On this day in 1775, Captain Daniel Morgan and his Virginia riflemen arrive in Cambridge, Massachusetts. Earlier, Morgan had earned the nickname “The Old Waggoneer” from a young George Washington during the Seven Years’ War in 1755, when he removed the wounded from the site of the disastrous Battle of the Wilderness in his wagon.
Morgan continued to lead the Virginia militia between the Seven Years’ War and the outbreak of rebellion in New England at the Battle of Lexington and Concord in 1775. When New England Patriots laid siege to British-occupied Boston in 1775, the Continental Congress requested that other colonies send men to aid in the effort. Virginia’s House of Burgesses selected Morgan to recruit and lead one of the colony’s two rifle companies.
Morgan needed only 10 days to assemble 96 men and only 21 days to march them to Massachusetts, where he would serve under his old compatriot, the newly appointed commander in chief of the Continental Army, General George Washington. Fighting under Washington, Morgan’s men’s extraordinary skill as snipers earned them the nickname “Morgan’s Sharpshooters.” Later, Morgan led the three companies from Boston to the failed invasion of Canada, resulting in Morgan’s spending a year as a prisoner of war but also earning him a promotion to colonel.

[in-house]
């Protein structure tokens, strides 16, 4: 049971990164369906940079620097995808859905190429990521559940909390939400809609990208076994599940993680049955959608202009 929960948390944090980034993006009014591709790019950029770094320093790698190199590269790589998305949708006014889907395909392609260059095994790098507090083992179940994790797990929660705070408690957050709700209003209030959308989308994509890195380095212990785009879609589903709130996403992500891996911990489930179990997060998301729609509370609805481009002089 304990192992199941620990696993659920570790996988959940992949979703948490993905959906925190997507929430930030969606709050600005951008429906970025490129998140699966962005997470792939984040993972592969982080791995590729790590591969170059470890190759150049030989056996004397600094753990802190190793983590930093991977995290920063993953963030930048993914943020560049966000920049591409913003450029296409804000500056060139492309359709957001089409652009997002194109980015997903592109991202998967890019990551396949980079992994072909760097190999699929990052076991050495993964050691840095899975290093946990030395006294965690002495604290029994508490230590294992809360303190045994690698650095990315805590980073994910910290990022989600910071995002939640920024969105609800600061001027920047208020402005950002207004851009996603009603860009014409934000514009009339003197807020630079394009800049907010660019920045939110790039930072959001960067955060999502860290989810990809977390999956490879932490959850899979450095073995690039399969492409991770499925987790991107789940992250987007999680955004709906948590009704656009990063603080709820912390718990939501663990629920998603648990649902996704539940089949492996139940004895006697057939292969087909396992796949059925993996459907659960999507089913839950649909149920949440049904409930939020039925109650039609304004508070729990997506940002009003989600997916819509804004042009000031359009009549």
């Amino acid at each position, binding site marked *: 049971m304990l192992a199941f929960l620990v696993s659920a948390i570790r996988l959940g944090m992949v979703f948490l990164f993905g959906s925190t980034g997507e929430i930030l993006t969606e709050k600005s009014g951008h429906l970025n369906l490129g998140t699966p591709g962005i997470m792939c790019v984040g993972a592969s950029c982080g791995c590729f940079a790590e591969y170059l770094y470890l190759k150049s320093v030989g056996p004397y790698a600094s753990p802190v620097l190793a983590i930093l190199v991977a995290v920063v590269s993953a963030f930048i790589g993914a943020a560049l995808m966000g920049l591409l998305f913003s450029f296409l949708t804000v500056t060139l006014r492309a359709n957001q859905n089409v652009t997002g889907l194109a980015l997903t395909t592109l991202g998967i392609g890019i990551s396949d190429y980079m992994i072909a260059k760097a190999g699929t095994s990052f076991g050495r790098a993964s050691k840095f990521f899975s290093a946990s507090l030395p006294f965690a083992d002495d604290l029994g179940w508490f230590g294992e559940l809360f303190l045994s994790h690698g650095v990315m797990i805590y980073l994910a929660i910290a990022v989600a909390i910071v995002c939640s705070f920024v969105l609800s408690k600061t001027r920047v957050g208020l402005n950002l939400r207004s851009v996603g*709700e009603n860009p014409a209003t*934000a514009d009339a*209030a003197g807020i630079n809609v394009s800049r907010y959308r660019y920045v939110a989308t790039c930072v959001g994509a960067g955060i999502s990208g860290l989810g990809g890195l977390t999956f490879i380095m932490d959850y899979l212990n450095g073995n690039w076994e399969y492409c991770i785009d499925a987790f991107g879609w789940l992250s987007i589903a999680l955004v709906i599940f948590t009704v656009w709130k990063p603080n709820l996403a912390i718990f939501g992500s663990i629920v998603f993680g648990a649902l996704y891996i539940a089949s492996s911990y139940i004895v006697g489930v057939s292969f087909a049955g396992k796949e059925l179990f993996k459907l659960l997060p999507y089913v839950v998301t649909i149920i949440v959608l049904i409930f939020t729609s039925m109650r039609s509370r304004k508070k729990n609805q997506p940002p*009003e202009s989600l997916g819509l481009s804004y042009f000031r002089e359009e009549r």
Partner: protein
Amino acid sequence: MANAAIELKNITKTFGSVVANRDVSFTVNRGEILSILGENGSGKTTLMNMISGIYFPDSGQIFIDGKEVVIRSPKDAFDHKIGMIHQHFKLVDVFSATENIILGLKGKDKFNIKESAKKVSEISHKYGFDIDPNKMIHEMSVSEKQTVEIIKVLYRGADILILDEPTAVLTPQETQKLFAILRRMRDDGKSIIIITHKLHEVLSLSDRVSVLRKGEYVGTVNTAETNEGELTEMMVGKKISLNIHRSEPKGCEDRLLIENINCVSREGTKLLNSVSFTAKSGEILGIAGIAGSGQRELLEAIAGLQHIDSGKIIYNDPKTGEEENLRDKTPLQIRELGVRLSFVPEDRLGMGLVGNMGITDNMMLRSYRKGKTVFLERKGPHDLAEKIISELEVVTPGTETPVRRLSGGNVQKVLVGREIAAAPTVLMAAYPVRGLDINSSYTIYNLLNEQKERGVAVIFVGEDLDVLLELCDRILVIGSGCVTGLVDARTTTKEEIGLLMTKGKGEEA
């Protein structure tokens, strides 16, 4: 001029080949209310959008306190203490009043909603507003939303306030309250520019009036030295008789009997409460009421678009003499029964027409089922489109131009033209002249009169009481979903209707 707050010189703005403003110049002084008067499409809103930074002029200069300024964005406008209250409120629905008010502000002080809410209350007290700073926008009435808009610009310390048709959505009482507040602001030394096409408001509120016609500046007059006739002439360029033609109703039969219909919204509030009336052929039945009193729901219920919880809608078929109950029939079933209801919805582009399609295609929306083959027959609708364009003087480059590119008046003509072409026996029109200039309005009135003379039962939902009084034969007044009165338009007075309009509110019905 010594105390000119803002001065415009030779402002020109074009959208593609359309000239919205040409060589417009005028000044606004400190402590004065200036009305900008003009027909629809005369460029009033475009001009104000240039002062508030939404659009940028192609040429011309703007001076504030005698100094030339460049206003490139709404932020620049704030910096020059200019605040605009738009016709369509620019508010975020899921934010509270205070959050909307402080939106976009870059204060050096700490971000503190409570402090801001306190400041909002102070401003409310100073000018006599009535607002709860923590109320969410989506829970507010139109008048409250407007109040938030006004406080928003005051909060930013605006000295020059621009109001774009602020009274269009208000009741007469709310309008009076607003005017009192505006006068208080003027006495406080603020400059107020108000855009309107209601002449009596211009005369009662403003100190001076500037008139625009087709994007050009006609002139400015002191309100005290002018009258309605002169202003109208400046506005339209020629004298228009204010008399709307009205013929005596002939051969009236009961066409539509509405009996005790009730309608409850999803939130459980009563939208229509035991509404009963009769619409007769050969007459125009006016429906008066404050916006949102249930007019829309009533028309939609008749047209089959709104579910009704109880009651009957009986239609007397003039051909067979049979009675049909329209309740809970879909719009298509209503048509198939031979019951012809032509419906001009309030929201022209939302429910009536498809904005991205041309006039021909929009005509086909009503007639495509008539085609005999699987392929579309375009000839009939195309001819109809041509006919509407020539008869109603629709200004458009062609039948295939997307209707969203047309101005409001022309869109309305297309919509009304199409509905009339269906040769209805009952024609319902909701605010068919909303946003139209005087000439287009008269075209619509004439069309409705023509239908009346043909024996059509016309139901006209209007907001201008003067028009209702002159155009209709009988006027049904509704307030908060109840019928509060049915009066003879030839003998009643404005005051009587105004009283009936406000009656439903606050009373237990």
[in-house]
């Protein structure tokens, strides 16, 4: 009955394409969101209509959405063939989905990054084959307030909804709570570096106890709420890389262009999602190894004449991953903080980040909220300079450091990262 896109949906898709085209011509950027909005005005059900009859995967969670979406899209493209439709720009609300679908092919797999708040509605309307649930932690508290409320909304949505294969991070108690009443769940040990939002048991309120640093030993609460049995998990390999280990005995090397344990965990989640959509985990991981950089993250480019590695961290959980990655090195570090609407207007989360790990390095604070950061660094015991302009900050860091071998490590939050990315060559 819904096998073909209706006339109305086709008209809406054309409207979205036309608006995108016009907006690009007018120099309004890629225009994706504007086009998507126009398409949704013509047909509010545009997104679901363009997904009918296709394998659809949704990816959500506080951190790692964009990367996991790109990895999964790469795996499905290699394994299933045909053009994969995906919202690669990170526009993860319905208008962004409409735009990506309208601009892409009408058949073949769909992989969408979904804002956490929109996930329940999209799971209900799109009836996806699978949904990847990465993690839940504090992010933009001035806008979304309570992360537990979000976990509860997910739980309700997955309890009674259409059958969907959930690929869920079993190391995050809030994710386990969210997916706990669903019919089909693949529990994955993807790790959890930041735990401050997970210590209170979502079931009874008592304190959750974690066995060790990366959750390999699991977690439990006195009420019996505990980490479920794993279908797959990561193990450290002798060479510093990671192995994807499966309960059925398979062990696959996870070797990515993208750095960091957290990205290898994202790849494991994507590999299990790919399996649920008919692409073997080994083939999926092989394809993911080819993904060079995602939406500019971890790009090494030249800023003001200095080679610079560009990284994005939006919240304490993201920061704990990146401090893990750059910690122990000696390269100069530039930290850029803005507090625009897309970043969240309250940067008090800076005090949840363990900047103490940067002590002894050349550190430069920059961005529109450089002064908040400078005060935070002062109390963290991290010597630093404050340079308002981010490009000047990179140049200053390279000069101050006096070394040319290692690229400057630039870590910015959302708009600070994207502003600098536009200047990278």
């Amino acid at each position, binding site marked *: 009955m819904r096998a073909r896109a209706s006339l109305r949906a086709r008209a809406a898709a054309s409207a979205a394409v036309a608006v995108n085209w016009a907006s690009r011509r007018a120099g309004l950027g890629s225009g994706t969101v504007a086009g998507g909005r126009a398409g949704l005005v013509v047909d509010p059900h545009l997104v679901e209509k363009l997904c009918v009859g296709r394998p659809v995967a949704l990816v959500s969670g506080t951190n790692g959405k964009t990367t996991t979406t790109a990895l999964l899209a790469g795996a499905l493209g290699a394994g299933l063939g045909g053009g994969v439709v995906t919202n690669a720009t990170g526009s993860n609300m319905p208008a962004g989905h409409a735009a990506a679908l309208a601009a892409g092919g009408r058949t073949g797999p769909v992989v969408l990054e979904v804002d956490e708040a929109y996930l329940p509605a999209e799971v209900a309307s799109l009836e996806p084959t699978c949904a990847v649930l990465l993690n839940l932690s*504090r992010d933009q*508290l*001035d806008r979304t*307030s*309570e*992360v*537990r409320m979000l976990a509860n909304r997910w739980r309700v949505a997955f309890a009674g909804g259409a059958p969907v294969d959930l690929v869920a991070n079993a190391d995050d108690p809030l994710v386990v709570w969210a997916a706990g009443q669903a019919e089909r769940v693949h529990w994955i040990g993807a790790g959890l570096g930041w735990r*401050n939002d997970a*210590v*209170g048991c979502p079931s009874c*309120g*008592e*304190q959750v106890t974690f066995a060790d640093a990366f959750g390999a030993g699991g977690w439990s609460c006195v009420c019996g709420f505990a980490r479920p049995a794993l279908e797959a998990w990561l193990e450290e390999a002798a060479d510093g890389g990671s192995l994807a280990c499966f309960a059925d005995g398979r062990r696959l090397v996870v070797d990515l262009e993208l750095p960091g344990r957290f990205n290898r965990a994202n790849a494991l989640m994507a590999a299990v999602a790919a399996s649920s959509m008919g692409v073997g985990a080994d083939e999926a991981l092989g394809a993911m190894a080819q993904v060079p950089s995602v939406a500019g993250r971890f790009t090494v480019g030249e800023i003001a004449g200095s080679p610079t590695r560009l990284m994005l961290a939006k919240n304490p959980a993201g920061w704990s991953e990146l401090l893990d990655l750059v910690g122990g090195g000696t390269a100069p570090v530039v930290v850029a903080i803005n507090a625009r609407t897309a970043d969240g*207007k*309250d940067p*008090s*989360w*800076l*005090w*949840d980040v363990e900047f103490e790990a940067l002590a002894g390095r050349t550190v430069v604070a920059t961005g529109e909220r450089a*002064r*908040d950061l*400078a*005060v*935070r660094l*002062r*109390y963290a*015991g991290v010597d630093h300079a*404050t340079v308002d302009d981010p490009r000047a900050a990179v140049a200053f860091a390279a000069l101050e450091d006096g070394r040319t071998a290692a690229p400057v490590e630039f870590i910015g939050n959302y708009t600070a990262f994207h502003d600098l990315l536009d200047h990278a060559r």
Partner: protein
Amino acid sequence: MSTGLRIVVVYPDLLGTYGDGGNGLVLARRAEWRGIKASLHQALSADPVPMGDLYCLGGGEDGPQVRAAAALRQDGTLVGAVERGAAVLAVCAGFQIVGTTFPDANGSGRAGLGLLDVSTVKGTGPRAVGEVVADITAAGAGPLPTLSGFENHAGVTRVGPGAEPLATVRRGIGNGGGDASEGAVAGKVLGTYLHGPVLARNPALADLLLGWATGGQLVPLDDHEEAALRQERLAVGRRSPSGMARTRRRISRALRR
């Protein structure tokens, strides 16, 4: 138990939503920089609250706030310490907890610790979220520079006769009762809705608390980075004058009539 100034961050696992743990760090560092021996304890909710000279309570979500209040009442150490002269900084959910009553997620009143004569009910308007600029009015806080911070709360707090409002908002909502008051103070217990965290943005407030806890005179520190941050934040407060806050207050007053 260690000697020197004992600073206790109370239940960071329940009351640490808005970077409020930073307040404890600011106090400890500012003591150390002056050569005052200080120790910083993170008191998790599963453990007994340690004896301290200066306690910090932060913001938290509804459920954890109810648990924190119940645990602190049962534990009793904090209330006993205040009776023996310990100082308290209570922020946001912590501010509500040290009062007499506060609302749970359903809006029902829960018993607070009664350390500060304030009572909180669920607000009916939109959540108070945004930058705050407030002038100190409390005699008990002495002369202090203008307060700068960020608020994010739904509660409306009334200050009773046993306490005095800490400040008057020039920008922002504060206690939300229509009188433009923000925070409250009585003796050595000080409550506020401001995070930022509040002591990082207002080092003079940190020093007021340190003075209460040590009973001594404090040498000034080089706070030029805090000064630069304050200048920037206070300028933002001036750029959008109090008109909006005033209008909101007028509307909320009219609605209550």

Upon his release, Colonel Morgan was placed in charge of creating the 11th Virginia Regiment, which he would command. His test for potential riflemen was reputed to be simple: they had to hit a broadside print of a British officer of King George from 100 yards away at their first attempt.
Morgan earned Washington’s further respect with a stunning victory at Cowpens, South Carolina, in 1781. In 1794, when President Washington was faced with the need to suppress the Whiskey Rebellion in western Pennsylvania, which threatened to shatter the still fragile Union, he called on Daniel Morgan yet again. In this, his last military command, Morgan managed to assemble such an overwhelming force that he put down the rebellion without firing a single shot.